Murray State University

Poster Title

Marketing Feasibility Studies of Different Substrate Mixes for Residential Use: The Effects of Worm Castings in a Substrate for Houseplants and Home Gardening

Institution

Murray State University

Abstract

Ferry-Morse Seed Company is trying to market worm castings to their customers. MSU was asked to compare different percentages of worm castings for use with both bedding plants/vegetables and houseplants. Recommended application rates for worm castings was not to exceed 30%. Two plants were chosen to represent the plant categories deemed important to the consumer: tomato (Lycopersicon esculentum ‘Early Girl’) and spider plant (Chlorophytum comosum). Treatment percentages for worm castings were 0% for a control and 10%, 20% and 30% were incorporated into a soilless media substrate. Treatment one consisted of worm castings/soilless media alone and treatment two consisted of worm castings/soilless media with the addition of Peters Professional All-Purpose 20-20-20 fertilizer at 100 ppm nitrogen. Tomatoes were grown from seed and the spider plants propagules were harvested from greenhouse stock plants and sized into small, medium and large depending on existing air roots. Plants were harvested at six weeks. All tomatoes in treatment one had poor visual consumer quality. Visual quality for treatment two tomatoes was best in 20% and 30%. No significant differences were found in treatment one regarding shoot and root weights. There were visual quality differences with spider plants and also significant differences in shoot and root weights between control and percentages of worm castings in treatment two. Based on plant performances, a recommendation to Ferry-Morse Seed Company was to market worm castings in conjunction with a regular fertilizer schedule for maximum plant quality.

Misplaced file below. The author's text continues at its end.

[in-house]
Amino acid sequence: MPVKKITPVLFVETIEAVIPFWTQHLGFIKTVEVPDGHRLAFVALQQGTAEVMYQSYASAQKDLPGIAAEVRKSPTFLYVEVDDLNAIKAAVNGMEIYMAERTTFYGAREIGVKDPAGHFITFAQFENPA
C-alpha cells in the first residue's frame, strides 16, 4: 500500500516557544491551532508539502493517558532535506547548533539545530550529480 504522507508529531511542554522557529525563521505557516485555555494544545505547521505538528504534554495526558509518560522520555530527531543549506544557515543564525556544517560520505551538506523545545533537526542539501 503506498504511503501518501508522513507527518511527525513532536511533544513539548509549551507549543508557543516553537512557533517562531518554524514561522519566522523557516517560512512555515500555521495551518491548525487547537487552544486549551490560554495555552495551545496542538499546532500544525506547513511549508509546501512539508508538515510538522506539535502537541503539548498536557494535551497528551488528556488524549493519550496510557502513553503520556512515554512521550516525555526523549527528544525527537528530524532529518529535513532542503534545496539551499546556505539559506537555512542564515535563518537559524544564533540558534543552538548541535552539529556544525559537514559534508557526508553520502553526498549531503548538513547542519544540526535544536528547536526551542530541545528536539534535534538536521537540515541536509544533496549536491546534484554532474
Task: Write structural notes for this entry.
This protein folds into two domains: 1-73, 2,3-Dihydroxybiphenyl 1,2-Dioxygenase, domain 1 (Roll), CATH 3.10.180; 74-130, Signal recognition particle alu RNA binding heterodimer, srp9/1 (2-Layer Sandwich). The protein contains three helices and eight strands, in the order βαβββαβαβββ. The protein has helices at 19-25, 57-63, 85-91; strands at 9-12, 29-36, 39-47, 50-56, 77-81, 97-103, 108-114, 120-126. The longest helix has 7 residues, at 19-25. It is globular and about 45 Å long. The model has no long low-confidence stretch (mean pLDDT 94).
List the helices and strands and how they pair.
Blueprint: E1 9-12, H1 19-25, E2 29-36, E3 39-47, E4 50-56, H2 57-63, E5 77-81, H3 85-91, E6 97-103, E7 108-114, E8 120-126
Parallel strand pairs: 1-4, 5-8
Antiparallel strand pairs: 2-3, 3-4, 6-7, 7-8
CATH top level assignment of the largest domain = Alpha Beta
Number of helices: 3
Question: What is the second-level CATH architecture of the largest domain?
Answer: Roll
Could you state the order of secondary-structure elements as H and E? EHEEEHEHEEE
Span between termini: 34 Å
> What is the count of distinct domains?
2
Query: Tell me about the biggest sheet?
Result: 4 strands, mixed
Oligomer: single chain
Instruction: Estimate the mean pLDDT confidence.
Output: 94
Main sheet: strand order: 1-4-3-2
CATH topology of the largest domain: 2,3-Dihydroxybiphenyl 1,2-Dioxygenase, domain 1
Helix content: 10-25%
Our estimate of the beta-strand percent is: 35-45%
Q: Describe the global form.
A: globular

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Marketing Feasibility Studies of Different Substrate Mixes for Residential Use: The Effects of Worm Castings in a Substrate for Houseplants and Home Gardening

Ferry-Morse Seed Company is trying to market worm castings to their customers. MSU was asked to compare different percentages of worm castings for use with both bedding plants/vegetables and houseplants. Recommended application rates for worm castings was not to exceed 30%. Two plants were chosen to represent the plant categories deemed important to the consumer: tomato (Lycopersicon esculentum ‘Early Girl’) and spider plant (Chlorophytum comosum). Treatment percentages for worm castings were 0% for a control and 10%, 20% and 30% were incorporated into a soilless media substrate. Treatment one consisted of worm castings/soilless media alone and treatment two consisted of worm castings/soilless media with the addition of Peters Professional All-Purpose 20-20-20 fertilizer at 100 ppm nitrogen. Tomatoes were grown from seed and the spider plants propagules were harvested from greenhouse stock plants and sized into small, medium and large depending on existing air roots. Plants were harvested at six weeks. All tomatoes in treatment one had poor visual consumer quality. Visual quality for treatment two tomatoes was best in 20% and 30%. No significant differences were found in treatment one regarding shoot and root weights. There were visual quality differences with spider plants and also significant differences in shoot and root weights between control and percentages of worm castings in treatment two. Based on plant performances, a recommendation to Ferry-Morse Seed Company was to market worm castings in conjunction with a regular fertilizer schedule for maximum plant quality.